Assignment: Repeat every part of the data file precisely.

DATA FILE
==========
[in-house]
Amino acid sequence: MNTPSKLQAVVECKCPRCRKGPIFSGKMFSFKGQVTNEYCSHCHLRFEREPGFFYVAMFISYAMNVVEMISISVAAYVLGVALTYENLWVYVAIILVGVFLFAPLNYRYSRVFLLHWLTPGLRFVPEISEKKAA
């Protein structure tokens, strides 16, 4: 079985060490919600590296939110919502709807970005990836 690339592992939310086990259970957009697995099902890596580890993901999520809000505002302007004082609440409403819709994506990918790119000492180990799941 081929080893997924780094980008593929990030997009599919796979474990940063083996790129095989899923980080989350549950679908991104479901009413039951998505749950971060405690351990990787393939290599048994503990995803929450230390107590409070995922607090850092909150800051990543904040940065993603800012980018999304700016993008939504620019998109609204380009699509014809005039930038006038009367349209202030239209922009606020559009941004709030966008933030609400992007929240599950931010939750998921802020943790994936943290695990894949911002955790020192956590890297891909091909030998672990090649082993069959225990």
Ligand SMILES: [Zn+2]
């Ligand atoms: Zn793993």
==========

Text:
[in-house]
Amino acid sequence: MNTPSKLQAVVECKCPRCRKGPIFSGKMFSFKGQVTNEYCSHCHLRFEREPGFFYVAMFISYAMNVVEMISISVAAYVLGVALTYENLWVYVAIILVGVFLFAPLNYRYSRVFLLHWLTPGLRFVPEISEKKAA
């Protein structure tokens, strides 16, 4: 079985060490919600590296939110919502709807970005990836 690339592992939310086990259970957009697995099902890596580890993901999520809000505002302007004082609440409403819709994506990918790119000492180990799941 081929080893997924780094980008593929990030997009599919796979474990940063083996790129095989899923980080989350549950679908991104479901009413039951998505749950971060405690351990990787393939290599048994503990995803929450230390107590409070995922607090850092909150800051990543904040940065993603800012980018999304700016993008939504620019998109609204380009699509014809005039930038006038009367349209202030239209922009606020559009941004709030966008933030609400992007929240599950931010939750998921802020943790994936943290695990894949911002955790020192956590890297891909091909030998672990090649082993069959225990």
Ligand SMILES: [Zn+2]
């Ligand atoms: Zn793993």